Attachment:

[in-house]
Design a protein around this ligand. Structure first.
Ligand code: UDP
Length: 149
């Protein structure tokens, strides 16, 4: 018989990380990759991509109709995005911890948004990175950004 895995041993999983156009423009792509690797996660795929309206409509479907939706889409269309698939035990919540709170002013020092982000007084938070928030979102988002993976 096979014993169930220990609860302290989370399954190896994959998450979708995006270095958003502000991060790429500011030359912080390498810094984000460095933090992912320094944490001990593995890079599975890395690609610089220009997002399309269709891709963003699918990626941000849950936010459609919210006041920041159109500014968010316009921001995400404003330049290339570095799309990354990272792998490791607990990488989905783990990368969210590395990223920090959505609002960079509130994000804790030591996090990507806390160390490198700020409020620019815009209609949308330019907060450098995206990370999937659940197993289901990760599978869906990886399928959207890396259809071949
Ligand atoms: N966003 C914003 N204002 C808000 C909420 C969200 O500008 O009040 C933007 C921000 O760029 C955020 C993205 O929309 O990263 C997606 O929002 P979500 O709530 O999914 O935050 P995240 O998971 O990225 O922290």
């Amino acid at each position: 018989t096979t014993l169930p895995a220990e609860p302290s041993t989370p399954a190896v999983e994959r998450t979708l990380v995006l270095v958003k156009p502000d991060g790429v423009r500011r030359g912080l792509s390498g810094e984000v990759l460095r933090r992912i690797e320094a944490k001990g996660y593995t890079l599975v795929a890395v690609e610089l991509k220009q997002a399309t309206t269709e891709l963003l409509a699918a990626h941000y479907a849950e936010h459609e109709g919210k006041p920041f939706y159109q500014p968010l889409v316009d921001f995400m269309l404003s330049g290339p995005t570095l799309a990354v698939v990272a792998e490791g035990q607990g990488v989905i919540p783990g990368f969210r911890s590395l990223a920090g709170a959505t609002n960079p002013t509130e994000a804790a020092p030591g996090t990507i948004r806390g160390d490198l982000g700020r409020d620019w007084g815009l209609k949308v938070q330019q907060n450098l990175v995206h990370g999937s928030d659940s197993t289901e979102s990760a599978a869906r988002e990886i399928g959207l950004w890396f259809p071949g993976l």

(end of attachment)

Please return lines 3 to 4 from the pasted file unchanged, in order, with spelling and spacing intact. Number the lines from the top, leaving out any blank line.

Ligand code: UDP
Length: 149